The Mystery Of The Sodder Children

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On the evening of Christmas Eve in 1945, Jennie and George Sodder, along with 9 of their 10 children (one son had joined the military), had gone to bed as usual. They were awakened around 1 am with their home on fire. The couple grabbed their youngest child, 2 year old Silvia who’d still slept in her parent’s bedroom, and took her to safety; 23 year old John, 17 year old Marion, and 16 year old George Jr all survived.

George tried everything he could think of to save the rest of his kids who he believed to be stuck on the 2nd floor, the man even broke a window with his hand and had sustained a large gash to prove it. The ladder which was always kept leaning against the house was somehow missing on this night. George attempted to drive one of his 2 trucks up to the house, and climb on top to reach the window; though both had been working just fine earlier that day, neither truck would start on this night – even the water in the barrel he wanted to use was frozen solid!

Though the family’s neighbors had been busy calling the police, no one bothered to answer; one of those neighbors actually had to drive into town to find the fire chief! The firemen did not arrive until 8 am, which meant that the home had been burning for more than 7 hours; surely you can imagine what was left of the place.

When the fire was finally put out, to everyone’s amazement, there were no children in the wreckage; 14 year old Maurice, 9 year old Louise, 12 year old Martha, 8 year old Jennie, and 5 year old Betty had all disappeared without a trace! Though not a single fragment of bone was ever discovered, death certificates issued for the 5 missing children.

This case has gone down as one of the most confounding mysteries in American history – what in the world happened to the Sodder children? Had they perished in an accidental fire, or was there something more sinister at play?

There had been some interesting happenings leading up to that night. A strange man had recently stopped by the Sodder home looking for work; he’d walked to the back of the house and pointed at 2 fuse boxes saying, “this is going to start a fire some day”. The stranger then proceeded to try and sell the family life insurance, and it’s said he became very angry when his offer was refused. The man is quoted as having exclaimed, “Your goddamn house is going up in smoke, and your children are going to be destroyed. You are going to be paid for the dirty remarks you have been making about Mussolini!”. Apparently George was very outspoken in his contempt for Mussolini. Then, just days before the fire, the children told their father of a man who had intently sat and watched them as they’d played.

At approximately 12:30 on Christmas morning, the telephone rang. Jennie answered it, and a strange woman had been on the line; it sounded like she was at a party, and she’d asked for someone Jennie did not know. She told the woman that she had the wrong number, but on her way back upstairs the mother noticed that all of the lights were on downstairs and the doors were somehow unlocked. Jeannie figured it was just a kid playing around, so she simply locked the door and went back to bed. As the mother was beginning to fall back asleep, she heard a very loud BANG; an hour later the house was on fire. A local bus driver would claim he witnessed a person throwing fire balls at the Sodder house, which seemed ridiculous, but one of the surviving children later found something believed to be a pineapple bomb in the yard; it’s believed that this was the BANG Jennie heard that night.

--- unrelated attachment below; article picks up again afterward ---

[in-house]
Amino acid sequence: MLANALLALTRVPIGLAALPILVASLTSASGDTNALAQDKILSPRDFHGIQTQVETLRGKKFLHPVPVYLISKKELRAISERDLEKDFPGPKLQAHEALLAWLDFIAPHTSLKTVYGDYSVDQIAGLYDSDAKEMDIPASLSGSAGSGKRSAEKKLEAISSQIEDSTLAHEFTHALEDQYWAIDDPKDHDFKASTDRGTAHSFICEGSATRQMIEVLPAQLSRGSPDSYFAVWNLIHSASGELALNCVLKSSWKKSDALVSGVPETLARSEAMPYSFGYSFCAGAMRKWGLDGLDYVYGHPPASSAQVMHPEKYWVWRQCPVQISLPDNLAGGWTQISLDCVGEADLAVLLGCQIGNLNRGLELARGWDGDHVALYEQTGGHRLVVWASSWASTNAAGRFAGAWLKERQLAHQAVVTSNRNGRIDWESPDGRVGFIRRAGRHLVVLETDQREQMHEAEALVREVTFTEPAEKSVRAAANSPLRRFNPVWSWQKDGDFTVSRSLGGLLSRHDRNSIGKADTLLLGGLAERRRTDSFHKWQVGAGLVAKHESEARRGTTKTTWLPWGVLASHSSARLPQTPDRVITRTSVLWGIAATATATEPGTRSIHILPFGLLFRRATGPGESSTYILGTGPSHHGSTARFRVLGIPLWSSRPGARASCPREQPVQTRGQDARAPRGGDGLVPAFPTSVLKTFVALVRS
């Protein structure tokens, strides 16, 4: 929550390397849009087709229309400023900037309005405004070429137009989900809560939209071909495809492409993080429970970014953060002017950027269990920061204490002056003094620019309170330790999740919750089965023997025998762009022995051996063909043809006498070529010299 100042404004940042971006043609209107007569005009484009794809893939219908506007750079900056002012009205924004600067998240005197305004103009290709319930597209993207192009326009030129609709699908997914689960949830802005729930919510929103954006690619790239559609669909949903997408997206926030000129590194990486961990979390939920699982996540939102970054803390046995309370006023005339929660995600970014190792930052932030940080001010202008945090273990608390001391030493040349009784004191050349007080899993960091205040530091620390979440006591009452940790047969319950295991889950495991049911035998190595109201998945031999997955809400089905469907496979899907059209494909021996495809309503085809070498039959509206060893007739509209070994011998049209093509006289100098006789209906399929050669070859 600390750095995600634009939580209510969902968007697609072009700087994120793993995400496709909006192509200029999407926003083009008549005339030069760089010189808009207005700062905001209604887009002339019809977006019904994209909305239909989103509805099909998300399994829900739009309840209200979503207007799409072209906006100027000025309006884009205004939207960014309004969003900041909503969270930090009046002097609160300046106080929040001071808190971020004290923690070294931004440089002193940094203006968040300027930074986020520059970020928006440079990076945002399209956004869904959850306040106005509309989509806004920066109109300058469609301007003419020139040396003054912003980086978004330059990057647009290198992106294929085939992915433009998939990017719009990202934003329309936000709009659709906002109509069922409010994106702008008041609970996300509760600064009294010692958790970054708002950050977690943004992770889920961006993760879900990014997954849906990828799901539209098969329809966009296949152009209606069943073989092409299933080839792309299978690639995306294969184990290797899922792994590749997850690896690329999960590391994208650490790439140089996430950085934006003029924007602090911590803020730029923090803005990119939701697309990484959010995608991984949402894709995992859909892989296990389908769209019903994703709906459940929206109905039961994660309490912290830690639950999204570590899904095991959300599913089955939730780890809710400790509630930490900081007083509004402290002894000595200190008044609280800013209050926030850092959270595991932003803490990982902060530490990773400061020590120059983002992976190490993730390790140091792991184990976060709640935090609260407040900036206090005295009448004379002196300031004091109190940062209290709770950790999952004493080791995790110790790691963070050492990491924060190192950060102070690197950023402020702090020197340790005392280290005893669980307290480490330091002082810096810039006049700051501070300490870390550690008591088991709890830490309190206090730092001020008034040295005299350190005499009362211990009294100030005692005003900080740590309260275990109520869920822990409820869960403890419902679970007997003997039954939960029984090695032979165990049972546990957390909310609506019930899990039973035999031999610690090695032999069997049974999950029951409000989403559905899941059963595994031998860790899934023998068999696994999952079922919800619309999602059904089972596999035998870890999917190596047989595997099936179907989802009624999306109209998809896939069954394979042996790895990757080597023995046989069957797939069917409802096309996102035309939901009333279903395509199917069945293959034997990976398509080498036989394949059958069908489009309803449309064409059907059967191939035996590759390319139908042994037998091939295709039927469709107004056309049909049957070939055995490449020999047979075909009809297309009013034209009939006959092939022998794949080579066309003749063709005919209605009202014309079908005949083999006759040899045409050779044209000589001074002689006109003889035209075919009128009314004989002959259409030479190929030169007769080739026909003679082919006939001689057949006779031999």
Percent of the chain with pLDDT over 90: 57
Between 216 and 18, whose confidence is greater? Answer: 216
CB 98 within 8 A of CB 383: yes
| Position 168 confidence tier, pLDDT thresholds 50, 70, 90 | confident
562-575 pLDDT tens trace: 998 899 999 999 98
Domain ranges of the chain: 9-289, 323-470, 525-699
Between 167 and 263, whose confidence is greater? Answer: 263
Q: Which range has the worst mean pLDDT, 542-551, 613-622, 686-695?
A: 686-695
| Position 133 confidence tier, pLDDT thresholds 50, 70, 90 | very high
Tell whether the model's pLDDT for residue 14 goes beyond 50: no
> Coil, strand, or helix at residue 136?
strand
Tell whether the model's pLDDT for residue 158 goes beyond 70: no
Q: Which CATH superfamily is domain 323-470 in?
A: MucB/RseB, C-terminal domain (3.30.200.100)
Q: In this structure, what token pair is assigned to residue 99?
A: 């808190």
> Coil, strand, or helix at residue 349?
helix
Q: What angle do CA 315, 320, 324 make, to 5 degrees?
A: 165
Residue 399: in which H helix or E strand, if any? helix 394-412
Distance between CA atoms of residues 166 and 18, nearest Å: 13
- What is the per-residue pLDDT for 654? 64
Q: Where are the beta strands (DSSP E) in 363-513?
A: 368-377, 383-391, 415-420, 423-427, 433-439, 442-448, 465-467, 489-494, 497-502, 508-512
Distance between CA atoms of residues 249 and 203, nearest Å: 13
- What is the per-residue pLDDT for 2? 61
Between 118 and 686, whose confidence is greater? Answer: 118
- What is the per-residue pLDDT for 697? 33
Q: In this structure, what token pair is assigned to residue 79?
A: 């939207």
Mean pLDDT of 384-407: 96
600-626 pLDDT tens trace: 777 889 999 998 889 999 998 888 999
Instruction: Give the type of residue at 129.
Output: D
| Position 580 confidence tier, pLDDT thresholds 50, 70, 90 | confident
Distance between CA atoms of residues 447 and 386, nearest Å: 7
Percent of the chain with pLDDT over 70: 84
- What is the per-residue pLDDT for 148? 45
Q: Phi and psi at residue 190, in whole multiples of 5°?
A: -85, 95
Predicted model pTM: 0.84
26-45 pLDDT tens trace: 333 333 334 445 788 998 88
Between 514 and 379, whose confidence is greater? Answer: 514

There was also a man who people saw stealing from the Sodder home on that particular evening; it’s believed this man took the ladder, and that he did something to the Sodder vehicles to ensure that they would not run that night. It was determined that the fire was not electrical, yet the phone lines were cut. It’s very likely that this man had gotten his wires crossed; instead of cutting the electric, he’d accidentally cut the phone lines.
For whatever reason, the police did not believe this fire to have been intentionally set, so they never looked at the man as a suspect; he was identified and merely ordered to pay some fines.

As for what happened to the children, there were all sorts of sightings. One woman claimed she actually served the kids breakfast Christmas morning, and she witnessed them entering a vehicle with Florida plates.

In 1968, the Sodders received a picture in the mail, it was postmarked from Kentucky; written on the photo was “Louis Sodder. I love brother Frankie. Ilil Boys. A90132 or (A90135)”. The Sodders had no doubt that this was a photograph of their missing son, and that all of their children were still alive. A private investigator was hired, but somehow he disappeared, too. It’s thought that the numbers on the picture were Sicilian, and since Mr Sodder’s business was involved with the mafia, that meant that maybe the mafia had stolen the children. Still, others believed that the family did this to themselves; maybe they just didn’t want all those children, and found a way to get rid of most of them. This, in my humble opinion, is very unlikely.

The theories just go on and on. We will likely never know what happened to the Sodder children, it’s likely destined to remain a mystery.

*Merry Christmas Eve to you all! I truly hope everyone’s doing alright. Christmas can be so hard and this year especially. If you’re struggling, just hang on. It’s almost over! 💚 Oh, also for my patrons, there’s a new article on Patreon. It was posted sorta late last night, so I’m sure many missed the notification.

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